Understanding The Quirky Maestro, GiovanniWhat's Happening
Giovanni was invited by the Embassy of Italy and Istituto Italiano di Cultura to hold his first piano recital in Jakarta on April 8th. He collaborated with renowned Indonesian pianist Ananda Sukarlan for this concert, as well as with three gifted students from the Ananda Sukarlan Centre who had amazed the invitees with their impressive performance during the “meet and greet” session the day before the concert.
Giovanni Allevi is a man full of surprises. Although he is arguably unknown to the Indonesian public, Allevi has a big name in his home country. Tall with frizzy hair and glasses, Giovanni is known as a soft-spoken musician with a child-like enthusiasm about his art. He wears casual shirts on almost every occasion and seems to enter into his own world when his fingers are dancing over the piano keys.
Giovanni started to play music at the tender age of five when he found an abandoned piano at home. “I wasn’t allowed to touch the piano at first. One day when my parents weren’t home I tried to play and I fell in love instantly. I learned how to play piano by myself for the first five years before my dad sent me to a music school. Since then, my life has revolved around music and piano”. He now has a PhD in Philosophy and two Conservatory Diplomas with top marks in Piano and Composition, and has released eight studio albums since 1997.
He is also known for his social and humanitarian work as the Ambassador for Save the Children. Despite his fame and success, the 47-year-old has suffered from anxiety problems and panic attacks for years. Luckily he was saved by the thing he loves most in life: music.
How would you describe your music in your own words?
According to the technical definition, there are two very different kinds of musical styles; classical and contemporary. I came from the classical construction that has traditional structures known as symphony, concerto and sonata, but inside those structures, I put my own rhythm and melodies inspired by today’s world; a touch of contemporary that makes it different from most classical compositions.
Was it difficult to introduce Contemporary Classical Music for the first time?
Of course it was! When I wrote it I felt peaceful and gracious, but when I started to play and explain my music, everything was a disaster. Many people, especially the cultural crowd, didn’t accept my music initially. Classical music is a system that doesn’t want to change, which I understand. However, I feel that I have a duty to open people’s minds to embracing something new. I’ve been fighting for ten years to introduce my music, yet it still feels like a mystery to me. I cannot force people to like my music, but it’s important to keep creating something new. I incorporate today’s music with classical harmonies so that more people, especially the younger generation, can enjoy it.
You are admired for breaking the rules of classical music, but also criticised widely, even being called a ‘product of marketing phenomenon’ once. How do you handle such criticism?
It’s a great honour to receive criticism. As a composer, I was criticised for changing the traditional system. At first I was hurt, but I learned that criticism happens to everyone who is brave enough to express their true soul. For me, music is all about freedom; it’s a way to get in touch with my inner child and to express who I really am. As for my casual appearance, I don’t wear jeans on stage to get more attention. I simply need to be myself and I think my attire doesn’t really matter because my music is the top priority. I’m in no position to debunk those critics, but they prove that I am heading down the right path. They have made me stronger; I used to scare off critics but not anymore.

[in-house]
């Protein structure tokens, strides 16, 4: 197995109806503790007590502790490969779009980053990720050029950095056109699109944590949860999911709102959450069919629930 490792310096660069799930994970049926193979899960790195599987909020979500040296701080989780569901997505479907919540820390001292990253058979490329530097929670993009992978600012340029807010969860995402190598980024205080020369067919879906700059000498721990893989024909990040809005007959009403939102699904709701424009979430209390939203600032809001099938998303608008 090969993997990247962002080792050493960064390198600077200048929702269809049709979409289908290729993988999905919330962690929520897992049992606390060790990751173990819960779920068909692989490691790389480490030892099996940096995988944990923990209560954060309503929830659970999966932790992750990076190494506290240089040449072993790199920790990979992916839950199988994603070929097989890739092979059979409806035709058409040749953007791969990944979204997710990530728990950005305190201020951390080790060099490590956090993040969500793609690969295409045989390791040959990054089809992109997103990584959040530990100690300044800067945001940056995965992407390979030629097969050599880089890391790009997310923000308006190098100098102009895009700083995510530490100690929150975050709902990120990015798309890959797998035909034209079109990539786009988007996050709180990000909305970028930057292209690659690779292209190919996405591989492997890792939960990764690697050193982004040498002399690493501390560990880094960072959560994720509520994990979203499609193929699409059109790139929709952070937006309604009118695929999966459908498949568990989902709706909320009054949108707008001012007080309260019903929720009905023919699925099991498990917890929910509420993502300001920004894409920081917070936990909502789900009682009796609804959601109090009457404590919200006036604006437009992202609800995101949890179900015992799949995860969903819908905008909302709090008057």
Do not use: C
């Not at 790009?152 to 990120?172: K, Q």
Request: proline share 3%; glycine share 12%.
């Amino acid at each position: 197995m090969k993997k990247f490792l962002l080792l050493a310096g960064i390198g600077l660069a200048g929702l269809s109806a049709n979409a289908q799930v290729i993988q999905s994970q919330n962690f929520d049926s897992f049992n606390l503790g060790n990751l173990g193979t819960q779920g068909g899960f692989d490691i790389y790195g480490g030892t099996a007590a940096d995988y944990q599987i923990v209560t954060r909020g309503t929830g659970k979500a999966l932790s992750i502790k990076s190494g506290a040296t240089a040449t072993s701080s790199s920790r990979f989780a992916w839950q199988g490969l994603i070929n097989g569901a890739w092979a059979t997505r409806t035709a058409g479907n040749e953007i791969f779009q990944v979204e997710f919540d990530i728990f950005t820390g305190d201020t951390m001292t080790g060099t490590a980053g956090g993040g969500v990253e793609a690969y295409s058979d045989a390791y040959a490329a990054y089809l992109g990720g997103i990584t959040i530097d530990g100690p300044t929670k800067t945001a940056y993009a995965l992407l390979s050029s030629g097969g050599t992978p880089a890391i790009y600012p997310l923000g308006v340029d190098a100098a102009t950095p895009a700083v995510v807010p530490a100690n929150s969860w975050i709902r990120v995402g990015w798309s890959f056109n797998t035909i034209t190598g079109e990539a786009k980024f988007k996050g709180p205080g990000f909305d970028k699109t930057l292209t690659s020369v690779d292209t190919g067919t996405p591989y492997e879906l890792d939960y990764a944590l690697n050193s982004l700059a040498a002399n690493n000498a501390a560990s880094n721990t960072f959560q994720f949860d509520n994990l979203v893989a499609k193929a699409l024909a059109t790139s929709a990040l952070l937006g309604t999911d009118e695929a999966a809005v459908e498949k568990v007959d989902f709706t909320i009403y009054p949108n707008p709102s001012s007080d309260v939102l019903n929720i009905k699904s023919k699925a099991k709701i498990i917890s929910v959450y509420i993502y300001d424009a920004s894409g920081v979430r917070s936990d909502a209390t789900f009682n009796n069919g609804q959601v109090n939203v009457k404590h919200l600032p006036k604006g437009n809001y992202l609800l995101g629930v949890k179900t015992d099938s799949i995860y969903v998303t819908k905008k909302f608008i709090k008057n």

You’ve told us earlier about your anxiety problem, do you still feel those insecurities today?
This problem has haunted me for a long time. My personal life has always felt like a disaster but when I’m on stage, those bad feelings go away and I’m the happiest man on Earth. Music saves me. Unfortunately, when I get off the stage, that negativity crawls back.
So what do you do to overcome those emotions?
Every time I feel anxious, I compose music to help me relax. I compose music when I’m in the supermarket, when I’m walking or even when I pay the bills; it’s an escape from my chaotic life. For me, music is like a woman; compassionate and mysterious. Music takes me away from my problems, so my duty is to love and worship it in every way I can. Music is the only thing that I am sure about in life.
Tell us about your activities as the Ambassador of Save the Children.
I’m really enjoying my role there. I visit children, especially those who suffer from terminal cancer, in hospitals and play piano for them. I also do many charity concerts for this cause. I want to do as much as possible to help them and their families through music, which I believe is a very powerful tool for healing. Seeing those brave kids smile gives me great inspiration. Childhood is the most magical time; I want to learn from them, from their way of living and their unlimited imagination. The other reason I love taking part in these activities is because I don’t want to lose the connection with my inner child, as through him I can see the world serenely.
Tell us about your future plans for your career?
I don’t really like the word ‘career’ honestly as it makes me nervous somehow (chuckles). My future project is to stay with you and all my audiences and share my music. For me, the most important thing is to live and enjoy the present. I don’t want to worry too much about the future.
Last question, what do you do when you’re not composing music?
I run. I love to run to get solitude; I do it at least one hour a day to switch off my mind about any troubles and problems in life. Of course I sometimes still write notes in my head while I’m running (laughs).